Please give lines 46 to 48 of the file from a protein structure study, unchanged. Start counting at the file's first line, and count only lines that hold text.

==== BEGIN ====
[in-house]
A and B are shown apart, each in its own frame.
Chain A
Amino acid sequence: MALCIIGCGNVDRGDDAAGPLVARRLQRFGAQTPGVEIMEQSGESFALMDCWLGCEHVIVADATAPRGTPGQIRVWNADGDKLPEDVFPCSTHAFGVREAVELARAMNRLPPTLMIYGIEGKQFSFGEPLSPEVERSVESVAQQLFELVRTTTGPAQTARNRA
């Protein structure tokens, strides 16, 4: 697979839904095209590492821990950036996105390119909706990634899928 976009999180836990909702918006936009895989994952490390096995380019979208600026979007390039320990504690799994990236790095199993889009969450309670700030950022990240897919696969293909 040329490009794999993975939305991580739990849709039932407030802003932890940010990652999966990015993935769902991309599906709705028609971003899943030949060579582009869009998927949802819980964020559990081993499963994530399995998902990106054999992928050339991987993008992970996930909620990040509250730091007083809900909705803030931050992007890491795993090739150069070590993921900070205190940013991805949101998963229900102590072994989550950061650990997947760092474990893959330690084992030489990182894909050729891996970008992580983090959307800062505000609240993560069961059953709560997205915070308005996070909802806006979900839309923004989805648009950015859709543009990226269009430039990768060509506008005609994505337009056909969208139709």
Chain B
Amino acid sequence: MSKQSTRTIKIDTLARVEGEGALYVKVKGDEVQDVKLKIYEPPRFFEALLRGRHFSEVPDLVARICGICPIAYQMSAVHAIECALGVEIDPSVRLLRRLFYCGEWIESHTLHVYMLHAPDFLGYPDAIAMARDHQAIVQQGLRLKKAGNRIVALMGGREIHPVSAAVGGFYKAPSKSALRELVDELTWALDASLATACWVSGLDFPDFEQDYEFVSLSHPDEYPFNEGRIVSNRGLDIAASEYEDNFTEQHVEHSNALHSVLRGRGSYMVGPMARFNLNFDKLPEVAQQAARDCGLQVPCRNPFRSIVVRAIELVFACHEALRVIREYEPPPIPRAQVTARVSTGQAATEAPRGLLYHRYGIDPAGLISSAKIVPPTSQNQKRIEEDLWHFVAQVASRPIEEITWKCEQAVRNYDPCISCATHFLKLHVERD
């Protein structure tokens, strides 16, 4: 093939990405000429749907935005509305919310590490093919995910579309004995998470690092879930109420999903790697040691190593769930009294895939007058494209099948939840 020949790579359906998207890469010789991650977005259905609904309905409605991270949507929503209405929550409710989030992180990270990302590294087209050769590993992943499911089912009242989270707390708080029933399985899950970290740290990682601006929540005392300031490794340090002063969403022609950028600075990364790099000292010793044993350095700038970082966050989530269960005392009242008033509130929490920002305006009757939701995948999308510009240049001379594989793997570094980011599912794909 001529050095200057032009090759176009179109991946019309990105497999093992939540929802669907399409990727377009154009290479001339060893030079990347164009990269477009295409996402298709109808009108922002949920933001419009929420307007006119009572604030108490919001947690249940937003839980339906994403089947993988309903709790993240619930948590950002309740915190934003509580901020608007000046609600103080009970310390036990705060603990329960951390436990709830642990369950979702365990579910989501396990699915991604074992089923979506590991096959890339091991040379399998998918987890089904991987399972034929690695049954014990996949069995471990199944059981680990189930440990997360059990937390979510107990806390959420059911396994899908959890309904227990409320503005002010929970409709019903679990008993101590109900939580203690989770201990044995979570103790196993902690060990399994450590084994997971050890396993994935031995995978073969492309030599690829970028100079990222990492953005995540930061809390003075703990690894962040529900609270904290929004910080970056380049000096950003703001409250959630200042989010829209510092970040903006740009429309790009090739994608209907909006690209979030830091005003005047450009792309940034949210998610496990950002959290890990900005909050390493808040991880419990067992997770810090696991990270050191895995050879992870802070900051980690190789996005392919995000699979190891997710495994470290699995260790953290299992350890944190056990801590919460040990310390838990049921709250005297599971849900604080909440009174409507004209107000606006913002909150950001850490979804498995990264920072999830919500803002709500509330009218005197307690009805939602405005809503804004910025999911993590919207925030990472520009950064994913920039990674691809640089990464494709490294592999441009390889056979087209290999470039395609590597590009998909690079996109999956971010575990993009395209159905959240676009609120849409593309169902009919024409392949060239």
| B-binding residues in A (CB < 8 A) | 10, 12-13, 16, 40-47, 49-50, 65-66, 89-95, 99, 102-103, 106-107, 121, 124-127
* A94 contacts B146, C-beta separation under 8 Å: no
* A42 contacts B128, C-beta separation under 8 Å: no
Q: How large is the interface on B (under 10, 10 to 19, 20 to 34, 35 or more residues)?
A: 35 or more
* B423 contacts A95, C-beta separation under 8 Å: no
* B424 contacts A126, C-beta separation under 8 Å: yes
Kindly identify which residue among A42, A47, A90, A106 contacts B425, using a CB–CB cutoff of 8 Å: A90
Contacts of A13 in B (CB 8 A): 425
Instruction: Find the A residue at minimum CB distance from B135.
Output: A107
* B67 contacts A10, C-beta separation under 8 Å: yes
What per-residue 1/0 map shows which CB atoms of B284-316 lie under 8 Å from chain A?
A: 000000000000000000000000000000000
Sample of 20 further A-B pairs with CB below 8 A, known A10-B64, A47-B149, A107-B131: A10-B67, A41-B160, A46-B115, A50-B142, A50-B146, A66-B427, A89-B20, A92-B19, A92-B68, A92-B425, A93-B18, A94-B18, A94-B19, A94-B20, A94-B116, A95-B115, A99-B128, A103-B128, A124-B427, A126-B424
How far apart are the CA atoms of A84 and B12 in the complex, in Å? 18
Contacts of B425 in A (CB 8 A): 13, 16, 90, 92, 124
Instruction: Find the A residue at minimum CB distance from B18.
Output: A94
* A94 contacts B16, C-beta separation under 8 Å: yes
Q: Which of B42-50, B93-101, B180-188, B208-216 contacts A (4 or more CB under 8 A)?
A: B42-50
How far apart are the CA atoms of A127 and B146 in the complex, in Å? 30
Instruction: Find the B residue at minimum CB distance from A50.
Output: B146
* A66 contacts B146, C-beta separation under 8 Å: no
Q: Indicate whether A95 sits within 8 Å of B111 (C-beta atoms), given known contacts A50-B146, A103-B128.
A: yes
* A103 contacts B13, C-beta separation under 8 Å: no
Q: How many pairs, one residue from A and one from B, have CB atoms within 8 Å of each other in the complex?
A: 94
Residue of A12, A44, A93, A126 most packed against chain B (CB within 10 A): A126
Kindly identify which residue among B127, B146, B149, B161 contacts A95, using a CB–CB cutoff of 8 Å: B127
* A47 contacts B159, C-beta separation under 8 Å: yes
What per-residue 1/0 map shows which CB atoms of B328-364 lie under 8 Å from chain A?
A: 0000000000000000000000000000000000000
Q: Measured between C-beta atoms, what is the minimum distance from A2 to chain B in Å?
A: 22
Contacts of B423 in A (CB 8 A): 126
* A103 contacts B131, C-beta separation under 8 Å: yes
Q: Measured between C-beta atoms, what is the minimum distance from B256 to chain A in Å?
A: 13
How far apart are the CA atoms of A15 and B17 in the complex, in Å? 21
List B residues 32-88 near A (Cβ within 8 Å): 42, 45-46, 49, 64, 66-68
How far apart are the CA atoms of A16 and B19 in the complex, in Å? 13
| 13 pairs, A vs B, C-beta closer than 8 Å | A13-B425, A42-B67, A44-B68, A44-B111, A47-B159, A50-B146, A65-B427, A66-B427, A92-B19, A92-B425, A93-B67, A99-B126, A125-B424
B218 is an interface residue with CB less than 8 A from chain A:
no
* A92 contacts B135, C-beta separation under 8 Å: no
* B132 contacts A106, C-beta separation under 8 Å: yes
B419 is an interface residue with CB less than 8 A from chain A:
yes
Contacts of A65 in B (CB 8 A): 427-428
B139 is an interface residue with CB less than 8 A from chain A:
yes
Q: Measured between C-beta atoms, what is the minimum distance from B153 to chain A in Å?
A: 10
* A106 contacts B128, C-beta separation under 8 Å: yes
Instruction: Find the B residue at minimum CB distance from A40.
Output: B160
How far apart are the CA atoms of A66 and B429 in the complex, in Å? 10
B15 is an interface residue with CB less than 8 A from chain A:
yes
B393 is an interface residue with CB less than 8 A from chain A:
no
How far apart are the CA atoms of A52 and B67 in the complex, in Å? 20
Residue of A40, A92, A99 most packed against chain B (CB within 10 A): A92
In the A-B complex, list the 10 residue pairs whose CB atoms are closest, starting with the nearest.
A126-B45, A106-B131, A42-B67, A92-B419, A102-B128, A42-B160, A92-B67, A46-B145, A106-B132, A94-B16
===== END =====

A: 22
Contacts of B423 in A (CB 8 A): 126
* A103 contacts B131, C-beta separation under 8 Å: yes